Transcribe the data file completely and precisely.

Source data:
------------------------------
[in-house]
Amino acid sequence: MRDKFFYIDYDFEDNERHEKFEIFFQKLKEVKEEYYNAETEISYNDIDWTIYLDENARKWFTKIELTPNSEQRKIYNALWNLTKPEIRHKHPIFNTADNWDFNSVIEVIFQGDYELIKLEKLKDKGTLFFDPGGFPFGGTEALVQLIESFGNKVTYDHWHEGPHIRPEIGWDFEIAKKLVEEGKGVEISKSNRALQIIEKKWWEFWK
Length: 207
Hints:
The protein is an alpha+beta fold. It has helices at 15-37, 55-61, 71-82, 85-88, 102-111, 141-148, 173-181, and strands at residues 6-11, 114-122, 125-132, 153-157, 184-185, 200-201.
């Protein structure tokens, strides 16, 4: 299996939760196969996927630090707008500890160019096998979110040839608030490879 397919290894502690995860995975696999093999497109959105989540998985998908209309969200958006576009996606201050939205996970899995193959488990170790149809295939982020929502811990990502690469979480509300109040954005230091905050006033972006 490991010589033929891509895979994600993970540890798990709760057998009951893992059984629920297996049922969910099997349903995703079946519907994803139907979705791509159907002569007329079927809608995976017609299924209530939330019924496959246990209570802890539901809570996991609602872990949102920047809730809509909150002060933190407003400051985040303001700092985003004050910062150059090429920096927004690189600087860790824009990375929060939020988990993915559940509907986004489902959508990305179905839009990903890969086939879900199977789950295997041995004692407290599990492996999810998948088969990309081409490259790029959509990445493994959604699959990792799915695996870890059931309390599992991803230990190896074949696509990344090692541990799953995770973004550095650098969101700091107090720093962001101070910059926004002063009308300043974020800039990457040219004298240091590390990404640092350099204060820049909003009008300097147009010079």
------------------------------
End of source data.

[in-house]
Amino acid sequence: MRDKFFYIDYDFEDNERHEKFEIFFQKLKEVKEEYYNAETEISYNDIDWTIYLDENARKWFTKIELTPNSEQRKIYNALWNLTKPEIRHKHPIFNTADNWDFNSVIEVIFQGDYELIKLEKLKDKGTLFFDPGGFPFGGTEALVQLIESFGNKVTYDHWHEGPHIRPEIGWDFEIAKKLVEEGKGVEISKSNRALQIIEKKWWEFWK
Length: 207
Hints:
The protein is an alpha+beta fold. It has helices at 15-37, 55-61, 71-82, 85-88, 102-111, 141-148, 173-181, and strands at residues 6-11, 114-122, 125-132, 153-157, 184-185, 200-201.
């Protein structure tokens, strides 16, 4: 299996939760196969996927630090707008500890160019096998979110040839608030490879 397919290894502690995860995975696999093999497109959105989540998985998908209309969200958006576009996606201050939205996970899995193959488990170790149809295939982020929502811990990502690469979480509300109040954005230091905050006033972006 490991010589033929891509895979994600993970540890798990709760057998009951893992059984629920297996049922969910099997349903995703079946519907994803139907979705791509159907002569007329079927809608995976017609299924209530939330019924496959246990209570802890539901809570996991609602872990949102920047809730809509909150002060933190407003400051985040303001700092985003004050910062150059090429920096927004690189600087860790824009990375929060939020988990993915559940509907986004489902959508990305179905839009990903890969086939879900199977789950295997041995004692407290599990492996999810998948088969990309081409490259790029959509990445493994959604699959990792799915695996870890059931309390599992991803230990190896074949696509990344090692541990799953995770973004550095650098969101700091107090720093962001101070910059926004002063009308300043974020800039990457040219004298240091590390990404640092350099204060820049909003009008300097147009010079």